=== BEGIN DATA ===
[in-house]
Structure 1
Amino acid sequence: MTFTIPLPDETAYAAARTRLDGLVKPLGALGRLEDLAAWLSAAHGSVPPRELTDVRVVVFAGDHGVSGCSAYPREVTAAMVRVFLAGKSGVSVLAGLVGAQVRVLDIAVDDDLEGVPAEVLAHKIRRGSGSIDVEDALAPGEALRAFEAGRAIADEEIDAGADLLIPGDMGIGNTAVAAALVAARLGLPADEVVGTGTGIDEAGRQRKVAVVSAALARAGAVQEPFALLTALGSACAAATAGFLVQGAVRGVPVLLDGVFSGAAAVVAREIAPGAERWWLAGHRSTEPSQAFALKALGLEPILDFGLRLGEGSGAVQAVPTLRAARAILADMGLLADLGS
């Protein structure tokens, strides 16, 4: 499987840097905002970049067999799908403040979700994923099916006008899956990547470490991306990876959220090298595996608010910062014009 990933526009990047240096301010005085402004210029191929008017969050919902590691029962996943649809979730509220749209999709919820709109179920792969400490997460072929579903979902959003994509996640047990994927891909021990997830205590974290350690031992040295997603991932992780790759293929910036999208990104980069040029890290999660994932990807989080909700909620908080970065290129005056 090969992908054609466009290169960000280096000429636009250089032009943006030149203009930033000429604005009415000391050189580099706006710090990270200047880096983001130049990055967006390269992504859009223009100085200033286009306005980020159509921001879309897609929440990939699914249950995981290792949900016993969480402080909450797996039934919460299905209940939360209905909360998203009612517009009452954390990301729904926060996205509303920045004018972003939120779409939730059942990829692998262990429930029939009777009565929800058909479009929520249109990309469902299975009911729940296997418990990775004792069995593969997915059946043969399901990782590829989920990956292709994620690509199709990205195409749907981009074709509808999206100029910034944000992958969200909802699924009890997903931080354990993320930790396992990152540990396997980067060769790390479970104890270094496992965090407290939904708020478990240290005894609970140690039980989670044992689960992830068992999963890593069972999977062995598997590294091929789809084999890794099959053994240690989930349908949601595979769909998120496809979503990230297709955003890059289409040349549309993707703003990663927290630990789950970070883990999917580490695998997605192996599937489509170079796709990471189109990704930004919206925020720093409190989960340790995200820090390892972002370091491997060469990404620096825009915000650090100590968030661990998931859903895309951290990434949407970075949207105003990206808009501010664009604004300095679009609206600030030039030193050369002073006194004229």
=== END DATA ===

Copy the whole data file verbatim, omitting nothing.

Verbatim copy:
[in-house]
Structure 1
Amino acid sequence: MTFTIPLPDETAYAAARTRLDGLVKPLGALGRLEDLAAWLSAAHGSVPPRELTDVRVVVFAGDHGVSGCSAYPREVTAAMVRVFLAGKSGVSVLAGLVGAQVRVLDIAVDDDLEGVPAEVLAHKIRRGSGSIDVEDALAPGEALRAFEAGRAIADEEIDAGADLLIPGDMGIGNTAVAAALVAARLGLPADEVVGTGTGIDEAGRQRKVAVVSAALARAGAVQEPFALLTALGSACAAATAGFLVQGAVRGVPVLLDGVFSGAAAVVAREIAPGAERWWLAGHRSTEPSQAFALKALGLEPILDFGLRLGEGSGAVQAVPTLRAARAILADMGLLADLGS
């Protein structure tokens, strides 16, 4: 499987840097905002970049067999799908403040979700994923099916006008899956990547470490991306990876959220090298595996608010910062014009 990933526009990047240096301010005085402004210029191929008017969050919902590691029962996943649809979730509220749209999709919820709109179920792969400490997460072929579903979902959003994509996640047990994927891909021990997830205590974290350690031992040295997603991932992780790759293929910036999208990104980069040029890290999660994932990807989080909700909620908080970065290129005056 090969992908054609466009290169960000280096000429636009250089032009943006030149203009930033000429604005009415000391050189580099706006710090990270200047880096983001130049990055967006390269992504859009223009100085200033286009306005980020159509921001879309897609929440990939699914249950995981290792949900016993969480402080909450797996039934919460299905209940939360209905909360998203009612517009009452954390990301729904926060996205509303920045004018972003939120779409939730059942990829692998262990429930029939009777009565929800058909479009929520249109990309469902299975009911729940296997418990990775004792069995593969997915059946043969399901990782590829989920990956292709994620690509199709990205195409749907981009074709509808999206100029910034944000992958969200909802699924009890997903931080354990993320930790396992990152540990396997980067060769790390479970104890270094496992965090407290939904708020478990240290005894609970140690039980989670044992689960992830068992999963890593069972999977062995598997590294091929789809084999890794099959053994240690989930349908949601595979769909998120496809979503990230297709955003890059289409040349549309993707703003990663927290630990789950970070883990999917580490695998997605192996599937489509170079796709990471189109990704930004919206925020720093409190989960340790995200820090390892972002370091491997060469990404620096825009915000650090100590968030661990998931859903895309951290990434949407970075949207105003990206808009501010664009604004300095679009609206600030030039030193050369002073006194004229």